[time-nuts] Water on Enceladus - What does this imply about NASA'a ability to measure frequency?
lists at rtty.us
Fri Apr 4 07:30:07 EDT 2014
Back when they were designing this stuff, they were very interested in getting into the parts in 10 to the 15th. They didn’t get there, but that was the desire.
On Apr 4, 2014, at 2:17 AM, Chuck Forsberg WA7KGX <caf at omen.com> wrote:
> One needs to know the carrier frequency. Must be a high quality reference
> for the Cassini transmitter.
> On 04/03/2014 08:17 PM, Chris Albertson wrote:
>> I just read about a discovery of a liquid water ocean on Saturn's moon
>> Enceladus. The method used was to measure the velocity of a
>> spacecraft as it makes a close fly-by. Gravitational anomalies will
>> cause the spacecraft to speed up or slow down as it flies over massive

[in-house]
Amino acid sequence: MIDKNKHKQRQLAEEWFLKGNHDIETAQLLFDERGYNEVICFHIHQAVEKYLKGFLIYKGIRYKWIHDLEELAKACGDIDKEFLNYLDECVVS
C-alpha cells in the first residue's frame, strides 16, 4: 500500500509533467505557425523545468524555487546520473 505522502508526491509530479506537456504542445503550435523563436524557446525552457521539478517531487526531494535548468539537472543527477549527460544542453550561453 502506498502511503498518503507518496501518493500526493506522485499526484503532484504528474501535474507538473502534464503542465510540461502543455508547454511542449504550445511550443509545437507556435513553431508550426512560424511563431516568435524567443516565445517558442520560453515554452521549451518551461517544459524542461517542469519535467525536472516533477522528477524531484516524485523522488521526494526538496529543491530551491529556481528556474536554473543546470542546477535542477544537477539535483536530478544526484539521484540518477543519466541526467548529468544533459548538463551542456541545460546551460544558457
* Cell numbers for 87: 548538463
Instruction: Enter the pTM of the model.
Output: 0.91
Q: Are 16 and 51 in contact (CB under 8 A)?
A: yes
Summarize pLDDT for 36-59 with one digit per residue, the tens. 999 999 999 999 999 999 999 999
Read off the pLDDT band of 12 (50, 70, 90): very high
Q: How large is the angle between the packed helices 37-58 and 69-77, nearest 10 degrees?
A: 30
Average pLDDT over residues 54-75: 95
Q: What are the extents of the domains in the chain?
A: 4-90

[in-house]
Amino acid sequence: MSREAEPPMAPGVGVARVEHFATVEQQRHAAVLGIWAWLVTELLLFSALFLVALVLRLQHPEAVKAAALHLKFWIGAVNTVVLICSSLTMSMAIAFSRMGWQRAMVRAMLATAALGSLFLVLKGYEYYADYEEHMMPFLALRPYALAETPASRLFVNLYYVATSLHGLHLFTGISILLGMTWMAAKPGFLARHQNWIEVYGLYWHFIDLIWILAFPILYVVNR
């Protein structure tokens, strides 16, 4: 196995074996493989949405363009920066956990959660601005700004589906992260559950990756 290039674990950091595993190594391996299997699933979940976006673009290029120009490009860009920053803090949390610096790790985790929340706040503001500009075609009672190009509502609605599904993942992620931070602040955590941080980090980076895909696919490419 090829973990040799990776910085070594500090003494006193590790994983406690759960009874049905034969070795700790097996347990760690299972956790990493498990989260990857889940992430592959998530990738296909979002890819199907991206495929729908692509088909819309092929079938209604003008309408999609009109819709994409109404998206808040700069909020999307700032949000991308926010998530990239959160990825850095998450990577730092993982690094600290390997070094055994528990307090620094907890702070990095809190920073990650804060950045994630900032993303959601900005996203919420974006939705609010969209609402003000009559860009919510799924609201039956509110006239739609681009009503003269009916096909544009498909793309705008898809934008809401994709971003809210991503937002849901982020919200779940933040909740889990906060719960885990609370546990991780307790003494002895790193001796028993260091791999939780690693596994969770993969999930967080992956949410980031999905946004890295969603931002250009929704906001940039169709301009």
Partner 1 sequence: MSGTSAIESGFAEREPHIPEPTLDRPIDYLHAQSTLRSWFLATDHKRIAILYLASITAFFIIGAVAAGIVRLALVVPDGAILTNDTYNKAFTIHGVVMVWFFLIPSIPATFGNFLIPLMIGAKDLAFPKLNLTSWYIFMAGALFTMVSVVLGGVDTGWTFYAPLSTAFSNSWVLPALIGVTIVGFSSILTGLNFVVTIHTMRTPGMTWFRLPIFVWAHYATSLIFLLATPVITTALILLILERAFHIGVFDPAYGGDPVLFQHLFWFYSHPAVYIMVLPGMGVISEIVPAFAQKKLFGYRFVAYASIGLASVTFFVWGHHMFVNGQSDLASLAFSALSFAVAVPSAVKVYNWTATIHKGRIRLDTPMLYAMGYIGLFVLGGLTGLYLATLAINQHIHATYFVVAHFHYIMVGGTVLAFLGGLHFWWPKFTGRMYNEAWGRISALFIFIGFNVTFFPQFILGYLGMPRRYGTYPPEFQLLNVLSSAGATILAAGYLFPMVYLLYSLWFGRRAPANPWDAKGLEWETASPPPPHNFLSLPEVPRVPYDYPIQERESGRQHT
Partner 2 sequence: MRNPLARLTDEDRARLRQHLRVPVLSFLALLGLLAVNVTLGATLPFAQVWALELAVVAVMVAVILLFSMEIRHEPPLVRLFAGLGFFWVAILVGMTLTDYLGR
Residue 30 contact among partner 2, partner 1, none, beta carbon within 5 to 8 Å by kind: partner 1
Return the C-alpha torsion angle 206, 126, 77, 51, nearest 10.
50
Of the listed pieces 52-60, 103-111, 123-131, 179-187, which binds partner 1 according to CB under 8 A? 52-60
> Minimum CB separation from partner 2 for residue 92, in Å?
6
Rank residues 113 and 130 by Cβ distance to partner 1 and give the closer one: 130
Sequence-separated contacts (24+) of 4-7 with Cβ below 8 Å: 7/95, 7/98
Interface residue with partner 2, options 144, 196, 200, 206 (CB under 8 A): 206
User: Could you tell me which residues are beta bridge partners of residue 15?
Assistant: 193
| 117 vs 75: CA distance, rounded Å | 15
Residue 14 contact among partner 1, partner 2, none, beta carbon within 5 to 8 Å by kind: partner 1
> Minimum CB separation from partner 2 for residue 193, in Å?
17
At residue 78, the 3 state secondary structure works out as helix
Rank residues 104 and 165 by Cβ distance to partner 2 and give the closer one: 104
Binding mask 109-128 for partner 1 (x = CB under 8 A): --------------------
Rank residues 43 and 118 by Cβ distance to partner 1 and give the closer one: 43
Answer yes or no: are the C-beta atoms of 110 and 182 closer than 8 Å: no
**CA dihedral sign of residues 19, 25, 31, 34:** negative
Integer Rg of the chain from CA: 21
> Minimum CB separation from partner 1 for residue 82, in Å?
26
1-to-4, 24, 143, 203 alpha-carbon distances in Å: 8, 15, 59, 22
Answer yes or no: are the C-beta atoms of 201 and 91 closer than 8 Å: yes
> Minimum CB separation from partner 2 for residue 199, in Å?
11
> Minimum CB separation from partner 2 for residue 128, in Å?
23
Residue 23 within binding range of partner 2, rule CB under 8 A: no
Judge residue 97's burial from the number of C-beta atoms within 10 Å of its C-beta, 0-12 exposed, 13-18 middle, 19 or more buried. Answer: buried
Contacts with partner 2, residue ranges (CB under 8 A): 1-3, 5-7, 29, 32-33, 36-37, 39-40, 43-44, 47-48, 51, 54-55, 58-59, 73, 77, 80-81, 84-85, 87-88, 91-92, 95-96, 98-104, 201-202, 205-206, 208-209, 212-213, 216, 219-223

>> objects like mountains. With three pass they now have a 3 dimensional
>> map of density distribution. It must be very sensitive if they can
>> tell liquid water from ice by its gravitational field. (or even rock
>> from ice)
>> They say they can measure the spacecraft's velocity to 90 microns per
>> second. They do this by measuring the Doppler sift of the
>> transmitter. I've been trying to figure out what 90 microns/sec
>> means in terms of frequency. But I think(?) I need to know the
>> orbital velocity of Enceladus.
> Chuck Forsberg WA7KGX caf at omen.com www.omen.com
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